[Arts] Guinea-Bissau and Bijagos






-Religious and traditional


-Made by villagers


-Not much of tourist art (Bijagos islanders produce carvings for the tourist markets.)

Painting of a woman from Guinea-Bissau





-Masks represent marine animals(hippopotamuses, sharks, or,wild bull.)


-Worn either on top of the head or in front of it.


-Dancers imitate these dangerous animals(symbolize beings that are still untamed).


-The masks are danced by boys and young men during the ceremonies before and after the phases of initiation.


-The heaviest masks are worn by the age group that is not yet considered adult.




Bijagos Warrior (Quilt)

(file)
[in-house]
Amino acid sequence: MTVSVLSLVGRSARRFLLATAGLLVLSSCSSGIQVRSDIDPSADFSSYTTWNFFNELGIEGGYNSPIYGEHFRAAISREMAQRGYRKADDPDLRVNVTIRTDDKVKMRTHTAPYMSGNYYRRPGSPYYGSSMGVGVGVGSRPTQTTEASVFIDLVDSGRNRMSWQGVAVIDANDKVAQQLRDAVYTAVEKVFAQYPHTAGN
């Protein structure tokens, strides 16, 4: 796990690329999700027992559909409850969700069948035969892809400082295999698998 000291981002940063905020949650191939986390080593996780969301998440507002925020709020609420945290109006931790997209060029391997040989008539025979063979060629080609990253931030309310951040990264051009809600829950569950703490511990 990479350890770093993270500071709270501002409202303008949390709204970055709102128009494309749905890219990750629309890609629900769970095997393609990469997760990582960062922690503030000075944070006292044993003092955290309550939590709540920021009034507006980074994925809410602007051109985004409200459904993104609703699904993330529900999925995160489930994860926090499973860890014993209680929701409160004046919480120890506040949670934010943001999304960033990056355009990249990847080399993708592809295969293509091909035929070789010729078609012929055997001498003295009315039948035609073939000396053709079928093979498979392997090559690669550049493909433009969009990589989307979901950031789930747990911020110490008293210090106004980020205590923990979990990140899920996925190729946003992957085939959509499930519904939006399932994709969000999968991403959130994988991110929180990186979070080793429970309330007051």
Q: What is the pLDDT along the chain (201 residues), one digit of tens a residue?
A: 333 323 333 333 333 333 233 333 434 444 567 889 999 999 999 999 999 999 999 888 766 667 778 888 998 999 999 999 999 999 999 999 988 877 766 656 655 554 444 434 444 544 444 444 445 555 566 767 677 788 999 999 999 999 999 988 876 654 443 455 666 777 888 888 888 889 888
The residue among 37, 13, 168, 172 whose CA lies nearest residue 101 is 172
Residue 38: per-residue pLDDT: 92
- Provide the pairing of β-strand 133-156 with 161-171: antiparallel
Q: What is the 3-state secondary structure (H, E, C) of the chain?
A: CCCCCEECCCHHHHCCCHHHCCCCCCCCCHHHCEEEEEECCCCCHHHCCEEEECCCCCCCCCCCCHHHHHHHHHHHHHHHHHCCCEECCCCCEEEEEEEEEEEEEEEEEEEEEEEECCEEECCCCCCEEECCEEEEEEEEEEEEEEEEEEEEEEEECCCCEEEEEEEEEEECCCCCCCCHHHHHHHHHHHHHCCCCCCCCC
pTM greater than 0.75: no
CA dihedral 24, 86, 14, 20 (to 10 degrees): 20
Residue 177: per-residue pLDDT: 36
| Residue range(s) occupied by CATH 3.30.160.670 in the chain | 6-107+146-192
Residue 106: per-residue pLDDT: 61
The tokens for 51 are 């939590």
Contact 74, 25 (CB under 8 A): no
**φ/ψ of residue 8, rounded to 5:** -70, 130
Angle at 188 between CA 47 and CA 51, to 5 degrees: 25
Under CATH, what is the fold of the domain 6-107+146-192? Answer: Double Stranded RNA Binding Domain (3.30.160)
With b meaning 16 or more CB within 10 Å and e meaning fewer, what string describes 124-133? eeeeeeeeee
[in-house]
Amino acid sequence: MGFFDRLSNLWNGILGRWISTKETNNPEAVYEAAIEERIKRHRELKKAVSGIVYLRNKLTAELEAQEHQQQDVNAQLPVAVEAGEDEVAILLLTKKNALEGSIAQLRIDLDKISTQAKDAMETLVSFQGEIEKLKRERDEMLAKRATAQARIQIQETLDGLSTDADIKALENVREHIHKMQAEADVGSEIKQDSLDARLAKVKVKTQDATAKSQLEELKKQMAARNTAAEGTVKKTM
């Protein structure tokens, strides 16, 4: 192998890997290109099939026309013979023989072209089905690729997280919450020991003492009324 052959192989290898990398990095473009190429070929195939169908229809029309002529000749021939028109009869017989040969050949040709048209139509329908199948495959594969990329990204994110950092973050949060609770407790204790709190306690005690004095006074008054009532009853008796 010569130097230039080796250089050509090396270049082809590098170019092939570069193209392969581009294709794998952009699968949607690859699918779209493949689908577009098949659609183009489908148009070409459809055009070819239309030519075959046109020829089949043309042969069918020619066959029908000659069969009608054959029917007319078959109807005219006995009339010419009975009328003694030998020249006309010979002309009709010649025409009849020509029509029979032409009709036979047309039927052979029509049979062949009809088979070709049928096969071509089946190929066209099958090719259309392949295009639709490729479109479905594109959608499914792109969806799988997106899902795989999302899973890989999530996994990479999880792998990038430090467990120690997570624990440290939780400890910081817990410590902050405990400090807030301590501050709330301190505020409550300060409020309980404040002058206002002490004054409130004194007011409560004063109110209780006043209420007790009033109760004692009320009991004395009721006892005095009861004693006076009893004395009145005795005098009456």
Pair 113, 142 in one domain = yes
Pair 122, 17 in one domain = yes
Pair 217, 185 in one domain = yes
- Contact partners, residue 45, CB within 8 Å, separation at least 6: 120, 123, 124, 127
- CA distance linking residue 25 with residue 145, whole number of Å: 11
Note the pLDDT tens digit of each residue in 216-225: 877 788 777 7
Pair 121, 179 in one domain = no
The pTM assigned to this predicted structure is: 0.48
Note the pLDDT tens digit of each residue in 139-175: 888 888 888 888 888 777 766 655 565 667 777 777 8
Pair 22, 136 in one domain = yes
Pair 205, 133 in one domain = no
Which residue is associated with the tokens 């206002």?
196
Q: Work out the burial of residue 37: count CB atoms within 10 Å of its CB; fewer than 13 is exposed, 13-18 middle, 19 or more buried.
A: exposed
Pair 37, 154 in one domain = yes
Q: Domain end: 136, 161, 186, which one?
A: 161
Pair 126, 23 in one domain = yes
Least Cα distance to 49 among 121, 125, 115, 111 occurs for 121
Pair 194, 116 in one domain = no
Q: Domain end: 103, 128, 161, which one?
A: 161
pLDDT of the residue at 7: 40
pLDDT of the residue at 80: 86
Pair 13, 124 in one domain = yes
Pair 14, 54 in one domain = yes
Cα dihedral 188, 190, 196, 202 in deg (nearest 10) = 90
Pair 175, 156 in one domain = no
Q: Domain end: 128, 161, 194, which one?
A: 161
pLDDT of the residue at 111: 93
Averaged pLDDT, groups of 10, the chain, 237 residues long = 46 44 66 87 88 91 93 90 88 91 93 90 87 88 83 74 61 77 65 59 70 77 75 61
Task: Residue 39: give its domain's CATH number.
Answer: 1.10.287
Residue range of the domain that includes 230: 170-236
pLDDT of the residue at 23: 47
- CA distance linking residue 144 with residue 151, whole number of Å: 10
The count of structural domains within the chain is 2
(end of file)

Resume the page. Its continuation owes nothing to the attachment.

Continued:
Sarah Ann Smith


“One day, a boat was leaving to go to a neighboring island-not a common occurrence. This man was on the boat and immediately caught my eye. Even then, when Bubaque had only had electricity for two years, it was unusual to see men dressed in a traditional manner. To me, he represents a vanishing way of life, and I wanted to capture that as well as his physical beauty.”


 Bijagos Warrior received an “Exceptional Merit” ribbon in the 2005 statewide Maine Quilts. 


Size: 40 x 60 in. Completed: June 2004




-Fiction in creole mostly from Guineas of Cape Verdean ancestry.


-Amilcar Cabral, whose speeches are still read today,  wrote about goals and theories about national liberation.






Musical rhythm: Gumbe


-Due to civil unrest and small group of people, this music style is practically only known or used in Guinea-Bissau


-Women dance to music while men keep the beat by hitting a water drum.


-Lyrics are humorous and also topical, challenging and talking about current problems and government authority.  





-Calabash Rattle (primary)


-Water Drum (men)